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Taxus spp Toxicosis

Accidental ingestion of Japanese yew (Taxus cuspidata) led to the sudden death of four New England beef cattle in late January 2024. These four cows were noted to be apparently healthy until being found dead over a 3-day period, and there was a herd history of pasture escape. The producer described the first cow to have been seen eating and behaving normally, then moments later collapsed and died. The three other cows were found dead in the pasture. No abnormal gross lesions were noted during field necropsies. Pieces of pine tree branches and berries were found in the rumen contents of two cows (Figure 1), a photo of which was shared by the herd veterinarian with Veterinary Support Services at the Animal Health Diagnostic Center (AHDC). Dr Karyn Bischoff, director of the AHDC Toxicology Laboratory, identified these branches as Japanese yew. Upon investigation of the area surrounding the pasture, several Japanese yew bushes were identified with signs of grazing and were presumed to be the cause of toxicosis and sudden deaths in the herd.

Japanese yew found in rumen contents

Figure 1: Japanese yew found in rumen contents

Taxus spp., or Japanese yew, are evergreen plants that are commonly used for decorative landscaping throughout the United States and the world. They contain taxine alkaloids that primarily cause toxicity through antagonism of calcium channels in cardiac myocytes, resulting in electrical conduction disturbances in the heart muscle, often resulting in acute death. Clinical signs vary depending on the amount of toxin ingested, and include ataxia, bradycardia, dyspnea, muscle tremors, and seizures leading to collapse and death. In most cases, animals are found dead within twenty-four hours of ingestion without showing any premonitory clinical signs. Domestic livestock, including cattle, horses, and small ruminants, are among the species susceptible to Taxus spp toxicosis1. While postmortem cardiac lesions have been sporadically reported, there are no common pathognomonic lesions of Taxus spp toxicosis in livestock.2,3 Diagnosis of Taxus spp toxicosis is often made based on history of exposure and unexpected death, followed by identification of the plant in the digestive tract. Many case reports describe accidental exposure to Taxus spp through ingestion of clippings inadvertently discarded in the pasture resulting in high herd mortality.1-3 Taxus spp. toxicosis may occur more frequently during winter months, when concentrations of alkaloids are highest, and the evergreen leaves become more appealing.2 This case exemplifies how the submission of stomach/rumen/abomasal contents for gross or microscopic evaluation by a board-certified veterinary toxicologist can assist in making a diagnosis of toxicosis.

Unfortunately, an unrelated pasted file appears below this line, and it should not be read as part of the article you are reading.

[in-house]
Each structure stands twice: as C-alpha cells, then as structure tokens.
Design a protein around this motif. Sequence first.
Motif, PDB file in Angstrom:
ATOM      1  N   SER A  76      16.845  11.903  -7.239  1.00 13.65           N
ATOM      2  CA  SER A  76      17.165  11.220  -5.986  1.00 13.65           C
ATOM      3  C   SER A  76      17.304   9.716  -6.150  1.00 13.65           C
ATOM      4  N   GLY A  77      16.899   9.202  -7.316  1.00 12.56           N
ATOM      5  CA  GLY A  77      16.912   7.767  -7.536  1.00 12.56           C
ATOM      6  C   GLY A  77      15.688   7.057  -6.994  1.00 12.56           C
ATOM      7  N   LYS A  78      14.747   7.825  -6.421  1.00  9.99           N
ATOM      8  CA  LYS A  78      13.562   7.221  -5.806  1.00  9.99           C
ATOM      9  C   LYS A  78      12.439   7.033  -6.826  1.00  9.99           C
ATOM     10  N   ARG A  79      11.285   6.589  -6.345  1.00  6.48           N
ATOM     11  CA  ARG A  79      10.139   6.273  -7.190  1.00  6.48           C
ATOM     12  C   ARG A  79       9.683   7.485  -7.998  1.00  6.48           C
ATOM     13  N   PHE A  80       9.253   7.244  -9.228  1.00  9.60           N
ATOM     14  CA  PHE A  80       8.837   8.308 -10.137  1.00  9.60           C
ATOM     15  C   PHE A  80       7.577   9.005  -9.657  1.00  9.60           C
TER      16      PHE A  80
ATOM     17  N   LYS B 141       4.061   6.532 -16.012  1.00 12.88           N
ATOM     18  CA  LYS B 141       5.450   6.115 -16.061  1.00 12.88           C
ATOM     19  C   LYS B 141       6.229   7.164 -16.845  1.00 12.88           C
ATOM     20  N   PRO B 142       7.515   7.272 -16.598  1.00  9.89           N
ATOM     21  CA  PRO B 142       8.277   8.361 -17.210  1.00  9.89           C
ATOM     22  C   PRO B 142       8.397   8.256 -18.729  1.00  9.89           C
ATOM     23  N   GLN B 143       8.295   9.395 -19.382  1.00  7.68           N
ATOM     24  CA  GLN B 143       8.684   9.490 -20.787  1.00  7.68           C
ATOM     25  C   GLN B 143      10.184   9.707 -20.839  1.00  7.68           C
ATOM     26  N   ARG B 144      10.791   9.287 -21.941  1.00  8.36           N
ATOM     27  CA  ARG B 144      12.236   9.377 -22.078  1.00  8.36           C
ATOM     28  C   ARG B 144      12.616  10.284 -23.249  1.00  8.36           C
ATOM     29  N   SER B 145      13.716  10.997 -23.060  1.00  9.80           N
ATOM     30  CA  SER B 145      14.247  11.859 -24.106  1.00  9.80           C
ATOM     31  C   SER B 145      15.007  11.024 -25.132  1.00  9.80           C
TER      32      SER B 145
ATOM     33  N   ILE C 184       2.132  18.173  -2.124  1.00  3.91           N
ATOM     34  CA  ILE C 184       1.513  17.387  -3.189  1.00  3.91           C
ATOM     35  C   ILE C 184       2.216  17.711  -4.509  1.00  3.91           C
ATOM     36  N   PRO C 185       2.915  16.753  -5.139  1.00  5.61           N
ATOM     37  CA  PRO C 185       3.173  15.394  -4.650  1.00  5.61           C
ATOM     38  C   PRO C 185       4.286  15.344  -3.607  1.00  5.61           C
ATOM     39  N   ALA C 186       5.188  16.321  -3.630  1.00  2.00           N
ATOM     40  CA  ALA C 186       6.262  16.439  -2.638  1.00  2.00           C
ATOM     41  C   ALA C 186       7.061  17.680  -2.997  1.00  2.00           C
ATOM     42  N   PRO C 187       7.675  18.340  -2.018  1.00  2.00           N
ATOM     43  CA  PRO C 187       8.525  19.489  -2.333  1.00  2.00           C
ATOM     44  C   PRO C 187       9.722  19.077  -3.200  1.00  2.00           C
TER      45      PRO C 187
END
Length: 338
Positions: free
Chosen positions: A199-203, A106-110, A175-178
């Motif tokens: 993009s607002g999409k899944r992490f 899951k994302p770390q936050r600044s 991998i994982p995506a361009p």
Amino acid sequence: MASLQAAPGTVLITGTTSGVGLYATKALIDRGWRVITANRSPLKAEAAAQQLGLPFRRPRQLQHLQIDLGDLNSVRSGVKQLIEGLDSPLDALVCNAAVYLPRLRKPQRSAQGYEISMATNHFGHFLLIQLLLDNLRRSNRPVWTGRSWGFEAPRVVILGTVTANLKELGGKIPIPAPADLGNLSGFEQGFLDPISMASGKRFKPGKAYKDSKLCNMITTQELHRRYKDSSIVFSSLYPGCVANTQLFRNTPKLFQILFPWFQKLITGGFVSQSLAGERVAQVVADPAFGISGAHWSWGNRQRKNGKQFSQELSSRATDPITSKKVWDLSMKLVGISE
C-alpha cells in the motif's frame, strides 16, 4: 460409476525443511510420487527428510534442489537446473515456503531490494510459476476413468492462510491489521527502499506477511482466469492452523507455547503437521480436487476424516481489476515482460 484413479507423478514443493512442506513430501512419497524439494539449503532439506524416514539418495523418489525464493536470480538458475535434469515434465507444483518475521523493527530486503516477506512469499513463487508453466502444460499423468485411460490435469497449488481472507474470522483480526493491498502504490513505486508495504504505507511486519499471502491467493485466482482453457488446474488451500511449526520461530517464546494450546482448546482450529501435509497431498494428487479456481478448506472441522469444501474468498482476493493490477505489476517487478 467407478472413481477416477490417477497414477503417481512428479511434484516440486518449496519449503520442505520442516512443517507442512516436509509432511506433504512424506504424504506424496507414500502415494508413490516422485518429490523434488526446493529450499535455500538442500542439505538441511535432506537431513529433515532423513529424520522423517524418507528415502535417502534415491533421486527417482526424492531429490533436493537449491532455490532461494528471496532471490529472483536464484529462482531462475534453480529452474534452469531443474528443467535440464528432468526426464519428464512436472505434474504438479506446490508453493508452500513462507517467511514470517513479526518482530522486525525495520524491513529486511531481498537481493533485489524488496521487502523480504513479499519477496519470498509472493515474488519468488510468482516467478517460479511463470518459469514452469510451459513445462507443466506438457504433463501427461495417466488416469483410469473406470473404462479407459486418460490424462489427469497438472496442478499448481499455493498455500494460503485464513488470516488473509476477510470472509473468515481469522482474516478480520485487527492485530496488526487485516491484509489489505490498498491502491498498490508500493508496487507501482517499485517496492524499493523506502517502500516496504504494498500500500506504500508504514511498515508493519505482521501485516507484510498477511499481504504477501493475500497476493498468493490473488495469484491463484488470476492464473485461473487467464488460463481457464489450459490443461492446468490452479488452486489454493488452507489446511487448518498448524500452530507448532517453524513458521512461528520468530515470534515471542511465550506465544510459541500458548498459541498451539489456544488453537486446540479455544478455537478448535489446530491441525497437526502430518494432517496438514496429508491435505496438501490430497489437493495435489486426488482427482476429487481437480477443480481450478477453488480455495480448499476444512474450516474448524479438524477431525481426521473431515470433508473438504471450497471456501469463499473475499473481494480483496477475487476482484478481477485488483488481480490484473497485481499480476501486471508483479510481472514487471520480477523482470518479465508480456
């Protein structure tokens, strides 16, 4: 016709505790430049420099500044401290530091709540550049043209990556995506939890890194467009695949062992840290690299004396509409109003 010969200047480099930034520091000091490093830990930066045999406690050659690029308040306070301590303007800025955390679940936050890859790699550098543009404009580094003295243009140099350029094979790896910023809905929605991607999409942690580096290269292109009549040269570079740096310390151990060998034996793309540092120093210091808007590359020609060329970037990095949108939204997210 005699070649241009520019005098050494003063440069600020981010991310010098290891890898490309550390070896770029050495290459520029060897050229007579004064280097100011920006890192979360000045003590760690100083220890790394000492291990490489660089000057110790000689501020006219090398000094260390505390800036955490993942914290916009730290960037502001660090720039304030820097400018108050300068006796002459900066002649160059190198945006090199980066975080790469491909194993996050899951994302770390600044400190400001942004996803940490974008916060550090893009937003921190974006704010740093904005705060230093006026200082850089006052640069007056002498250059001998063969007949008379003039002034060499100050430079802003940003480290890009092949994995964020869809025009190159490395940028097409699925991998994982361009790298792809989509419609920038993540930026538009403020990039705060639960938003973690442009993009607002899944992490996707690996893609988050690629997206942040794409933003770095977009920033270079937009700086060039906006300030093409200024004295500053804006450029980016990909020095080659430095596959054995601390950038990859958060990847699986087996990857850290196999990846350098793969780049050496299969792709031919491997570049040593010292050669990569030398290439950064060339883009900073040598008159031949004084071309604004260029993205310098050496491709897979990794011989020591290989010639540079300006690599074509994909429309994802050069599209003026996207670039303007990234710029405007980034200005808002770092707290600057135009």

1. Wilson, Christina R., and Stephen B. Hooser. Veterinary Toxicology: Basic and Clinical Principles, edited by Ramesh C. Gupta, Elsevier/Academic Press, London, 2018, pp. 929–935. 
  2. Sula MJM, Morgan S, Bailey KL, Schumpert M, Njaa BL. Characterization of cardiac lesions in calves after ingestion of Japanese yew (Taxus cuspidata). Journal of Veterinary Diagnostic Investigation. 2013;25(4):522-526. doi:10.1177/1040638713489981
  3. Burcham GN, Becker KJ, Tahara JM, Wilson CR, Hooser SB. Myocardial fibrosis associated with previous ingestion of yew (Taxus sp.) in a Holstein heifer: evidence for chronic yew toxicity in cattle. Journal of Veterinary Diagnostic Investigation. 2013;25(1):147-152. doi:10.1177/1040638712466729